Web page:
I have a 240 square foot tiny home that I've been living in for over a year now. I'm super happy with my home accept for the doors. French doors from jacks new and used were installed on my tiny home and they don't keep out the weather. Its parked facing south east and gets hit with rain and wind in the winter. I'm looking to replace my doors and I want to know the best weather resistant door that I could go with. Details on how it could be installed properly would be appreciated. Any options or advice you could give me will be much appreciated.
Could it be that your flashing is not installed right, or the weather stripping? Or that you need an improvement or upgrade of how they were installed. Making sure that right at the bottom sill the water can run away instead of pool can make a big difference, as well as appropriate weather stripping.
Another thing that is quick and easy (I did this in college when I had the bed next to the huge single pane plate glass window and -40f would draft all that cold air right onto me) is to use those film insulation kits. You still get most of the light and the change in cold air drafting is enormous. Roomie didn't want me to cover whole window so I set it up for bottom two feet to make a small pocket to catch the cold air as it dropped along the window and hold it-my daybed back hid it-and it made a WORLD of difference in sleeping next to the window.
Another thing to try is making 'warm window' type curtains that fit tightly, maybe even with magnetic strips to attach as airtight to the door frame. At night or seriously storming, just put the cover over the inner door side.
Outside might take a windbreak rigged to deflect a lot of the cold winter winds. It will make a big improvement in how warm your place feels. Or plant some fast growing dense bushy conifers to give that windbreak...
If the doors are single pane glass, upgrading to doublepane, will make a difference.
If you're not on too tight a budget, go to Lowe's or Home Depot. They can custom make you any door in any size. They'll tell/show you how to install and weather proof. A "porch" roof or awning over the door will help with rain.
P.S. I have learned over many years of building lots of buildings, that there are certain things that are better bought new. I used to strip water lines and electrical wire out of abandoned houses. That was a very false economy, and really dangerous to use again. Water leaks and electrical fires are not optimal. 40 years ago I put used windows and doors in my house. We burned a lot of extra wood keeping the house warm. I finally replaced all with new. Incredible difference. Less wood, more warmth, less drafts. If you can replace your door with new, it will make a big difference.
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I think Deb is on the right track — it seems like you don't have weather stripping properly installed, or have a bit too much reveal around the jamb. Water should never come in through a door, and a properly weather-stripped door shouldn't even let in a breeze. I can also attest to the film kits, we have a giant glass front door here that sucks out all the warmth in the winter. We put on one of those film kits and hung a curtain over the glass and it sure felt like 10x or more of a difference in keeping the heat in.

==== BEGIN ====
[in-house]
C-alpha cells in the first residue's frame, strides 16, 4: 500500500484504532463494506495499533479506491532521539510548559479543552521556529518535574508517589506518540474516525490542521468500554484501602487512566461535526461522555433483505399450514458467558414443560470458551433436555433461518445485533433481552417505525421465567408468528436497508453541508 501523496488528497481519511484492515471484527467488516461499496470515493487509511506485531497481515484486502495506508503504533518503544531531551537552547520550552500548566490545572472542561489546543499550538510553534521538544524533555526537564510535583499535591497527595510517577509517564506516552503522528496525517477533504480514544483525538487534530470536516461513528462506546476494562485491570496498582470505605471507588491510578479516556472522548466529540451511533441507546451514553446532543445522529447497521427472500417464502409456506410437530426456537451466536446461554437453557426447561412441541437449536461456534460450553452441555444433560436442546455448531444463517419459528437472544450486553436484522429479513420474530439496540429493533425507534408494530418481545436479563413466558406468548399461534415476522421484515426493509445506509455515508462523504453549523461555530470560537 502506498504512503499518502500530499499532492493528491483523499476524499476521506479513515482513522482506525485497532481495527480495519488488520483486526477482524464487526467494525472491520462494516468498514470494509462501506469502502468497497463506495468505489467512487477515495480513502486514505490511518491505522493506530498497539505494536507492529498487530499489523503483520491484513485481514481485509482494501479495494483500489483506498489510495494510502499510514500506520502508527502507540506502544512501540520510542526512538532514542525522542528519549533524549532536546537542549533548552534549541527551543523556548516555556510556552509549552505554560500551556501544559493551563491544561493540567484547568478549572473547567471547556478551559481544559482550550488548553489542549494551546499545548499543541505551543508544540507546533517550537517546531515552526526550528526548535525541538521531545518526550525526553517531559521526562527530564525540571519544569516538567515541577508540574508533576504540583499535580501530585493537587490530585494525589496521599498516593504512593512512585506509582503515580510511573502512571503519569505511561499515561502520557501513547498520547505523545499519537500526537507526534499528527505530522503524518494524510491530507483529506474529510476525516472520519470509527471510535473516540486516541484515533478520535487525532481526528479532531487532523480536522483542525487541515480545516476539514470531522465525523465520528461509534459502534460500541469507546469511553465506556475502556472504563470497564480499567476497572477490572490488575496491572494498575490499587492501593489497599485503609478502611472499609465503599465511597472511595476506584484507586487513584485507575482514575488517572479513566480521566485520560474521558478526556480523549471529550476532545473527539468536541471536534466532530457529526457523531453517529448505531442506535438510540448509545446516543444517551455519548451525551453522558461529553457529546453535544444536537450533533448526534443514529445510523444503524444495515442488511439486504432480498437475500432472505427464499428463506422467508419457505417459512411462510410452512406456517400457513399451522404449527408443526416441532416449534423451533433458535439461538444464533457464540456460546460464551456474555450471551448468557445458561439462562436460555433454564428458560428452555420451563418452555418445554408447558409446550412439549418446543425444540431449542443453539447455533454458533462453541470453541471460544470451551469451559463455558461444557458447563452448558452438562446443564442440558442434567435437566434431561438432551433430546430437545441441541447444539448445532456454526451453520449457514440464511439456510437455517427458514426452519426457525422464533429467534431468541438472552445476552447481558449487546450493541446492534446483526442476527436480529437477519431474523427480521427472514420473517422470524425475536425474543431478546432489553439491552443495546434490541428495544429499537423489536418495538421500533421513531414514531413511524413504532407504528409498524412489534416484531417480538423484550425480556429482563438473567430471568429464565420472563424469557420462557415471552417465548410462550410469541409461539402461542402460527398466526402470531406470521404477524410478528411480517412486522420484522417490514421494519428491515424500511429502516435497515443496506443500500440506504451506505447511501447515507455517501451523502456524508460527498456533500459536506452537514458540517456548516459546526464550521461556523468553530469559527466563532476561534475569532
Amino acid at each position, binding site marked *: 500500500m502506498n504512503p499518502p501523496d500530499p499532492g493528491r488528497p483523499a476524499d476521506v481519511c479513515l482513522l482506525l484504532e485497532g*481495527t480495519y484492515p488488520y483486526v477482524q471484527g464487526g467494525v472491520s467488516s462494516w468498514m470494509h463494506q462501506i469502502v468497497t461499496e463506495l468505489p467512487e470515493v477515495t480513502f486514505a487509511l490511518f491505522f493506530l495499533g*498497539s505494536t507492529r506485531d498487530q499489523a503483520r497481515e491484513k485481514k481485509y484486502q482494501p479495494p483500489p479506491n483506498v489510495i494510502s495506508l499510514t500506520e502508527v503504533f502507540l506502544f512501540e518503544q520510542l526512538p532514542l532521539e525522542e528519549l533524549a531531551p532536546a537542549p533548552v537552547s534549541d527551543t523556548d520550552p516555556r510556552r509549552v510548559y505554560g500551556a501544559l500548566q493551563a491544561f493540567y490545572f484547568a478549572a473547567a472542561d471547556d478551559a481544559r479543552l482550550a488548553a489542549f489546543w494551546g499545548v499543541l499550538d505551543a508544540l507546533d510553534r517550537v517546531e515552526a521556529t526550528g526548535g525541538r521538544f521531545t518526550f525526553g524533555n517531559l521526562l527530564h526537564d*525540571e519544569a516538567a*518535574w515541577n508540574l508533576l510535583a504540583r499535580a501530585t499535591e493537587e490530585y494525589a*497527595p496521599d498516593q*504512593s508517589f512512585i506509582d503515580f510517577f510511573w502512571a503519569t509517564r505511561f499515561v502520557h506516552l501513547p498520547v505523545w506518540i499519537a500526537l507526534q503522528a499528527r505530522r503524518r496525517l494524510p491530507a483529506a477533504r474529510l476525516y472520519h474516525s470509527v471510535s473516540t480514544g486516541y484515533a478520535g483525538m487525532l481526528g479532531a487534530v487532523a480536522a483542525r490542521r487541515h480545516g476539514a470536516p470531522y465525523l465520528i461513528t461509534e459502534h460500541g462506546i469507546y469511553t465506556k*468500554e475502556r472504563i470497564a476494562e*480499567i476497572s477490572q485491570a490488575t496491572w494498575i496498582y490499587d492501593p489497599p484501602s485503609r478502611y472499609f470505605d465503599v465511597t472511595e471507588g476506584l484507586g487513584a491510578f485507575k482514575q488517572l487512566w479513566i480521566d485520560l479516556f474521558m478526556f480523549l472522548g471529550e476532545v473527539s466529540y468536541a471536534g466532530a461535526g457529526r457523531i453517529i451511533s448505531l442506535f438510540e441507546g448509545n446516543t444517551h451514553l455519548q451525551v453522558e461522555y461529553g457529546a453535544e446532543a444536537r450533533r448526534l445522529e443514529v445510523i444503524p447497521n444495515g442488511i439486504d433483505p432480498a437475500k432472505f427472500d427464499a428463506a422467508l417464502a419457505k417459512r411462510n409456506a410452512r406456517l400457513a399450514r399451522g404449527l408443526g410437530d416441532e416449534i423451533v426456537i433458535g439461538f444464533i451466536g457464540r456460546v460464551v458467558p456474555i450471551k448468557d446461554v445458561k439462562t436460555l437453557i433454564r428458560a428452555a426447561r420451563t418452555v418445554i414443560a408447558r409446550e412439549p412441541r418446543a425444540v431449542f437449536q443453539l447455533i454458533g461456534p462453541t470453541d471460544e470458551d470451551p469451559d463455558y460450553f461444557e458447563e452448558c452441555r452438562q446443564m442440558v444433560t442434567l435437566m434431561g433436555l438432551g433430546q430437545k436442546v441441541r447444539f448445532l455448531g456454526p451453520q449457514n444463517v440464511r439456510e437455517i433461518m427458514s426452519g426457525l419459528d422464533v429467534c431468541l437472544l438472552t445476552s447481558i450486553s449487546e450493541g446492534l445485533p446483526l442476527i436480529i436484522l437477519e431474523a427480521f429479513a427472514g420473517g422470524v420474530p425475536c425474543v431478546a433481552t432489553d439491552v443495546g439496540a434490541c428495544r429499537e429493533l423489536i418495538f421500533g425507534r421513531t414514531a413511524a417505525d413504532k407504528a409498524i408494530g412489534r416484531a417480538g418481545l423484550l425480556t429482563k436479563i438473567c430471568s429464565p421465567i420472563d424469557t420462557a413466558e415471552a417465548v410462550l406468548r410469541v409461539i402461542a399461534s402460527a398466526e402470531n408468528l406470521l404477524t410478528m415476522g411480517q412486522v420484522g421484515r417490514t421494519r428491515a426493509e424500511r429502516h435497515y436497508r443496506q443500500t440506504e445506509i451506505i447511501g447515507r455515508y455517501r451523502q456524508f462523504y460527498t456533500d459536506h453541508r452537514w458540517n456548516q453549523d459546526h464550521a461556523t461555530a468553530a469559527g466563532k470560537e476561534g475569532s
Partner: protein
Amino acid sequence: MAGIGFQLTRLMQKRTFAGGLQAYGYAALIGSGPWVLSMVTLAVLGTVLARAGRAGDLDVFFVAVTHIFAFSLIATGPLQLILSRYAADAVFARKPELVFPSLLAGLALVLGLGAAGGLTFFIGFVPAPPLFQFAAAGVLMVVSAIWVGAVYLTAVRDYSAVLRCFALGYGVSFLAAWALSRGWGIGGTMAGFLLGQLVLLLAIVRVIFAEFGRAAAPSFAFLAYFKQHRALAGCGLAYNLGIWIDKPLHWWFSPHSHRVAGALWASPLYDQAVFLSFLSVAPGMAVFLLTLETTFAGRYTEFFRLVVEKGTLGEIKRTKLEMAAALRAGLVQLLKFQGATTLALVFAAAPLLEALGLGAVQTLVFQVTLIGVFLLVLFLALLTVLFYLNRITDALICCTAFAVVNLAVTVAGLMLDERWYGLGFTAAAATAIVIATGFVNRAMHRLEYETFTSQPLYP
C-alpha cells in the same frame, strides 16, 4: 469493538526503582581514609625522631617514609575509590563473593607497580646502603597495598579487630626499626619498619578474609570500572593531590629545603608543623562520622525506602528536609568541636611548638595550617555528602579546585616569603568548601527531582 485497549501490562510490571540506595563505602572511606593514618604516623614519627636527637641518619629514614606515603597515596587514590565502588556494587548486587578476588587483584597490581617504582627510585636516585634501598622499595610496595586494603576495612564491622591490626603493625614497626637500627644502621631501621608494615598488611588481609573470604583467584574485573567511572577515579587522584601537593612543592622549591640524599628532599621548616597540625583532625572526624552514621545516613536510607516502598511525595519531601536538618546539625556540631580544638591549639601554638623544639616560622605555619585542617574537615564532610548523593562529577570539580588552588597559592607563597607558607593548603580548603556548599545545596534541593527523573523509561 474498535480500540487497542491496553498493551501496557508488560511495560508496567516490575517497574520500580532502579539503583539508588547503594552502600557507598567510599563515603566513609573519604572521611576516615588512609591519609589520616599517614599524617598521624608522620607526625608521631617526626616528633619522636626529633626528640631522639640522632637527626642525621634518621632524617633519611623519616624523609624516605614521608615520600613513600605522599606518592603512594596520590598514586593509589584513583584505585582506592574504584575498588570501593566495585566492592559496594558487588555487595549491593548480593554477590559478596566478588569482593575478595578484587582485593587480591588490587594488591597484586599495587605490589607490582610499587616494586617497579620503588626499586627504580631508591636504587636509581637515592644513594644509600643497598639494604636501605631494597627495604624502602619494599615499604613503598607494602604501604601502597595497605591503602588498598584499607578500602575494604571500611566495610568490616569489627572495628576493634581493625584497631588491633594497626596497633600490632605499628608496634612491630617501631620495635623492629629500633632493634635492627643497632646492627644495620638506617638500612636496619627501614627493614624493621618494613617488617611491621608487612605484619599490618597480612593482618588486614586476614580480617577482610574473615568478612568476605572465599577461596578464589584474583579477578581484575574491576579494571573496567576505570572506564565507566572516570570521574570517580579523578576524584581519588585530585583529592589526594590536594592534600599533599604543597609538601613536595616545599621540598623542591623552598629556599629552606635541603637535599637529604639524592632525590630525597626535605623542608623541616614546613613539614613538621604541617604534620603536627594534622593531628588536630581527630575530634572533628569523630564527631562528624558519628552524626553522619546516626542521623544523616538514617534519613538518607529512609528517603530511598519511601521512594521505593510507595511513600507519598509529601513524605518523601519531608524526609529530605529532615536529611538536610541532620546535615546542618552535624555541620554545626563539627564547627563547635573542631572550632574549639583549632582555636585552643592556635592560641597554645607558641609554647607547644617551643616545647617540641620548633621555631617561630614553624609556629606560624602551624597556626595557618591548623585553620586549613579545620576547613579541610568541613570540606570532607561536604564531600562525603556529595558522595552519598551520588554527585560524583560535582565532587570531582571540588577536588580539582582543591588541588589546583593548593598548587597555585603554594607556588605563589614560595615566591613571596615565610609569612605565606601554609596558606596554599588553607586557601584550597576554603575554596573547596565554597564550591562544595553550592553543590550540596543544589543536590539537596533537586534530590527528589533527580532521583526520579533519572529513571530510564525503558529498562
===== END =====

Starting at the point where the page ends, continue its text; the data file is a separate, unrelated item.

That being said french doors are always going to let a ton of heat out, especially in a smaller space. If you're looking at replacing them, you might consider dropping down to a single door and buying a pre-hung door from the hardware store. The pre-hung doors already have a pre-fitted jamb and weather stripping built in. They are very easy to install, even if you don't have much experience with them.
I was thinking the same things as Kyle and Deb. The French door is generally a fair weather type of item, in my opinion, and not very practical; they are best kept for summer patio entrances and going between kitchens and solariums, et cetera.
You are way better off getting a regular sized door, and framing in a small wall to fill the gap.
Since it's south, you might want to get an insulated exterior door with a window (double paned) in it, and put a window in your wall.
Not a huge project, but one that will require some thinking and doing for sure. If you are unsure about doing that sort of work, it's a relatively small and quick project for an experienced builder to do, if contracted out- like a few hours, after assessment and getting the materials.
Apart from that, getting better seals in place might help a bit. Though French doors are much harder to get a good long lasting seal every time you close it unless they are very high quality.
I would definitely go with a regular sized house door, especially in a tiny house that you want to keep warm. The ratio of space to loose heat from in a tiny house, in relation to the gaps that could exist in a French door, make the French door a poor match.
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